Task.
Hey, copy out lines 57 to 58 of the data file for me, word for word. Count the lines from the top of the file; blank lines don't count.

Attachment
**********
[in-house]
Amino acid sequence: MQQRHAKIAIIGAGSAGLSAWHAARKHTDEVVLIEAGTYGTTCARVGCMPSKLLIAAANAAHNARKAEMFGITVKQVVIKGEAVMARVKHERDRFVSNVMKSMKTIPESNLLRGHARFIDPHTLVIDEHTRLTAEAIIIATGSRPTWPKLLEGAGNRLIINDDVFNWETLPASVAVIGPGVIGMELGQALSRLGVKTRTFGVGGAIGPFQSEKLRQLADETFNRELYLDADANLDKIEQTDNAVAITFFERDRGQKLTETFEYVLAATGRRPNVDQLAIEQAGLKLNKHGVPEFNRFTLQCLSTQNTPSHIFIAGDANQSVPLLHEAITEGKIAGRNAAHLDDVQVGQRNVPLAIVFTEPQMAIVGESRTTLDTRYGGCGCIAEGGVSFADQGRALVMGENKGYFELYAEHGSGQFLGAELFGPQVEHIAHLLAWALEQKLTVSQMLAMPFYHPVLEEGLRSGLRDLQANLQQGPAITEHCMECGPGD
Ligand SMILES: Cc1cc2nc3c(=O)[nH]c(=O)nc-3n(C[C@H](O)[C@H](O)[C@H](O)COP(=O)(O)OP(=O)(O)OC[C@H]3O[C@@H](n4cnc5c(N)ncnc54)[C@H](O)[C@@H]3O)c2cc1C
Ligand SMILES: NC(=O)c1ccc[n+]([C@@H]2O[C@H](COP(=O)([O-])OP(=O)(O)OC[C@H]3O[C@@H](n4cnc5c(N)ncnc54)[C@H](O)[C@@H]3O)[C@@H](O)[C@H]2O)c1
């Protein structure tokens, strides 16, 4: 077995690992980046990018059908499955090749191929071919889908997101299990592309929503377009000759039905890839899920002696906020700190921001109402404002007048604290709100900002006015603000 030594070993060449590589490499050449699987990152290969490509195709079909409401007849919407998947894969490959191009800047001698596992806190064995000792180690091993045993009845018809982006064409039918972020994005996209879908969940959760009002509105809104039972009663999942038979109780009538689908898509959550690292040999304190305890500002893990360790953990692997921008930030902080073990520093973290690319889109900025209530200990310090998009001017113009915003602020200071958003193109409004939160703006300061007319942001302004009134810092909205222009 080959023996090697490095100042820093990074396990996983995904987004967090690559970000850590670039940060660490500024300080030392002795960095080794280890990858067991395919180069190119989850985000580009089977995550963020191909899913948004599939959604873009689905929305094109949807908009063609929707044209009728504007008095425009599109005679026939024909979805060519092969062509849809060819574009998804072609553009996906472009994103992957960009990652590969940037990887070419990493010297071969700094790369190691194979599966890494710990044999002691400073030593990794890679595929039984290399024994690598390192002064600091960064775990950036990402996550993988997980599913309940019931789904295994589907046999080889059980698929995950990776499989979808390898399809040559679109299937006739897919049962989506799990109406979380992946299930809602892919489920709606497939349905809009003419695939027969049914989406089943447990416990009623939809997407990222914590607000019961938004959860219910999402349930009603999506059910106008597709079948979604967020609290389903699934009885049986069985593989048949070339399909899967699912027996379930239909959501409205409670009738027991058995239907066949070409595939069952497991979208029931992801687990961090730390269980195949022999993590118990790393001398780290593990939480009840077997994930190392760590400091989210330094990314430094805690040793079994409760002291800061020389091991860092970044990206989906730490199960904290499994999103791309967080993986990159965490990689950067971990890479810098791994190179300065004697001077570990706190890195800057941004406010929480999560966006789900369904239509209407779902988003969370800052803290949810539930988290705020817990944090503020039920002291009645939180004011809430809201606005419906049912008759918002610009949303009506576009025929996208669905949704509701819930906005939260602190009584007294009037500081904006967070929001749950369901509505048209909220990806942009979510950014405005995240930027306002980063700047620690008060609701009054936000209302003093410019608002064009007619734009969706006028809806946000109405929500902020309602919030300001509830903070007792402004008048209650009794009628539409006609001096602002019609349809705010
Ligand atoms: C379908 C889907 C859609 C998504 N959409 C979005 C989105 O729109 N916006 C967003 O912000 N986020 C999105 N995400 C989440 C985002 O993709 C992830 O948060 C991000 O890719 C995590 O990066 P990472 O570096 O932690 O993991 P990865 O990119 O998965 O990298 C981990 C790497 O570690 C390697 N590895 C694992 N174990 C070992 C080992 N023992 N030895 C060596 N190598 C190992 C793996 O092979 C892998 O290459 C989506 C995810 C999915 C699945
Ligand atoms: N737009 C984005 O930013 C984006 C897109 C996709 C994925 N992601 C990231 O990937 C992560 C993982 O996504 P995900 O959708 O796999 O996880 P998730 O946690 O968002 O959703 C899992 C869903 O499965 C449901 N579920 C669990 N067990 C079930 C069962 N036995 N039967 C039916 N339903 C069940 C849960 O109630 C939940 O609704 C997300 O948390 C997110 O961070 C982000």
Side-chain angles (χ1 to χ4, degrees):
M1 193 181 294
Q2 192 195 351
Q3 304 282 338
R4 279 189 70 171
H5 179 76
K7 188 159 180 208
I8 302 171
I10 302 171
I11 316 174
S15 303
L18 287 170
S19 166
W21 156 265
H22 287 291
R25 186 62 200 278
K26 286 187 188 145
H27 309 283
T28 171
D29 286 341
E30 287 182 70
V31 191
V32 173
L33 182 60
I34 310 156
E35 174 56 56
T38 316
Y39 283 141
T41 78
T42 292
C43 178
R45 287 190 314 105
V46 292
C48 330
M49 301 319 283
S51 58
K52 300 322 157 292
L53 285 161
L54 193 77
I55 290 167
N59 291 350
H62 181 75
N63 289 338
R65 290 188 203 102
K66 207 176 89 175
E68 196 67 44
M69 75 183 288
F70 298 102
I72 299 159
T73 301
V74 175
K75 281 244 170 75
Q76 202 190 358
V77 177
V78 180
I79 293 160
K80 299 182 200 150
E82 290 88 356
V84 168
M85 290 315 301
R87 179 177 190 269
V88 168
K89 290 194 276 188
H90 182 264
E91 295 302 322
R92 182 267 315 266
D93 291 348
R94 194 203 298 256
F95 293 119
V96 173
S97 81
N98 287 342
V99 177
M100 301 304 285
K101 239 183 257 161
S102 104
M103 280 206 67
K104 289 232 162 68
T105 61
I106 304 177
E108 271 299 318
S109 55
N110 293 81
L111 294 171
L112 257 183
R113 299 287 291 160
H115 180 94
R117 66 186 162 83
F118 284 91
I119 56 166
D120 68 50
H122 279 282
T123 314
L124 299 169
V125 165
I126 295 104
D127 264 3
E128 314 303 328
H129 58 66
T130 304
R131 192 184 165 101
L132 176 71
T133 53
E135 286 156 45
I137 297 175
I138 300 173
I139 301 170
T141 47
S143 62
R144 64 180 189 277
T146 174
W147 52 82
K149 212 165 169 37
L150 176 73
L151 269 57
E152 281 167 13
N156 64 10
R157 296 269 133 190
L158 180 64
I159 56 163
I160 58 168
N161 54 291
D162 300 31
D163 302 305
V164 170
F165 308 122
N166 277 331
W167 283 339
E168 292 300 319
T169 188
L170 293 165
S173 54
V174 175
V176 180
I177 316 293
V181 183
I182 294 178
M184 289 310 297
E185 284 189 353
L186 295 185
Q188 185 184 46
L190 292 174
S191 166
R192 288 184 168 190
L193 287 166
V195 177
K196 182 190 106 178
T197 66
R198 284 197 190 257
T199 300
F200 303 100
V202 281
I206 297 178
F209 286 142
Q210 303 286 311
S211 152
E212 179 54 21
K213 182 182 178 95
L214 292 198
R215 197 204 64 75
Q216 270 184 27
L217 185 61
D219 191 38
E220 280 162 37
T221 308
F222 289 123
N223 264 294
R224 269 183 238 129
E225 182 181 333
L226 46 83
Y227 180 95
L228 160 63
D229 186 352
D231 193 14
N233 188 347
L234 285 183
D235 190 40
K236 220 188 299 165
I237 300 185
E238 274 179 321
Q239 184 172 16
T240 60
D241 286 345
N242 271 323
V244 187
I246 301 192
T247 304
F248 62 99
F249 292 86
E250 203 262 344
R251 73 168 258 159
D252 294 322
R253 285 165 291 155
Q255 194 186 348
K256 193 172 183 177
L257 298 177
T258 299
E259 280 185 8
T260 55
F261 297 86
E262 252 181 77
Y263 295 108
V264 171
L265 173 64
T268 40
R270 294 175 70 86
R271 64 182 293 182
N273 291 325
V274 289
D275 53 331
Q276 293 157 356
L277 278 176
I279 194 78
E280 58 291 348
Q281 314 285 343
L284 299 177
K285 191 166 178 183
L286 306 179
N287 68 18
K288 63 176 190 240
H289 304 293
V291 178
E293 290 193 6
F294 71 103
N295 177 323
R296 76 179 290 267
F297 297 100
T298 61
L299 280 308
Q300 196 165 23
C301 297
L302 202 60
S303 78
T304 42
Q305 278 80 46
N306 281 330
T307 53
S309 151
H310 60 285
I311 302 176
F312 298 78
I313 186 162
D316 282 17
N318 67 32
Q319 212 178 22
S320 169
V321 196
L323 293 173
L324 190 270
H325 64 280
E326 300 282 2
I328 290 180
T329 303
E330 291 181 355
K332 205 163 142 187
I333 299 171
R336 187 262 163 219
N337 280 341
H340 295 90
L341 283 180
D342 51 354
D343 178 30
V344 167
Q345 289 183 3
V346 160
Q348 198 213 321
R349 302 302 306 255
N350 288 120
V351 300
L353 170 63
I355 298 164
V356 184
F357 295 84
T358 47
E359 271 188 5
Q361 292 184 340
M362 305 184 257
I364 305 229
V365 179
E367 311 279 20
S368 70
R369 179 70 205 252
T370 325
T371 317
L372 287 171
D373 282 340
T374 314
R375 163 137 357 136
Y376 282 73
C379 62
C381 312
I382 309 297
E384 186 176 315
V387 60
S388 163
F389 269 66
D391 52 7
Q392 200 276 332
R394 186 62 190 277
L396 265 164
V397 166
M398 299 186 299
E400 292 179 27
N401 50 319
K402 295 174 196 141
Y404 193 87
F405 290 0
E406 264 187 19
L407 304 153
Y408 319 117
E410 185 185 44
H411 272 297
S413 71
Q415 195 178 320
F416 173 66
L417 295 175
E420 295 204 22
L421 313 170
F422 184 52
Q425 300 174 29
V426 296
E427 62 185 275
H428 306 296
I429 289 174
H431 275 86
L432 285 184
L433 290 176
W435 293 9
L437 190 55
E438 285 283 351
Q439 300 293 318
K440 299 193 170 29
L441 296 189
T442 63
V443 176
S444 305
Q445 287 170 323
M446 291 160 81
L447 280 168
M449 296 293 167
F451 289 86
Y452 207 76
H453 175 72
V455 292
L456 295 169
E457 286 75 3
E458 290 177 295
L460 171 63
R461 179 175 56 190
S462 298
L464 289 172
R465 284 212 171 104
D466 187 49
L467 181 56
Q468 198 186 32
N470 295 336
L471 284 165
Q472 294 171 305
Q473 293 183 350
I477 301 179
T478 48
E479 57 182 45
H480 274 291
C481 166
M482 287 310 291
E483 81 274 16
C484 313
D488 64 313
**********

T73 301
V74 175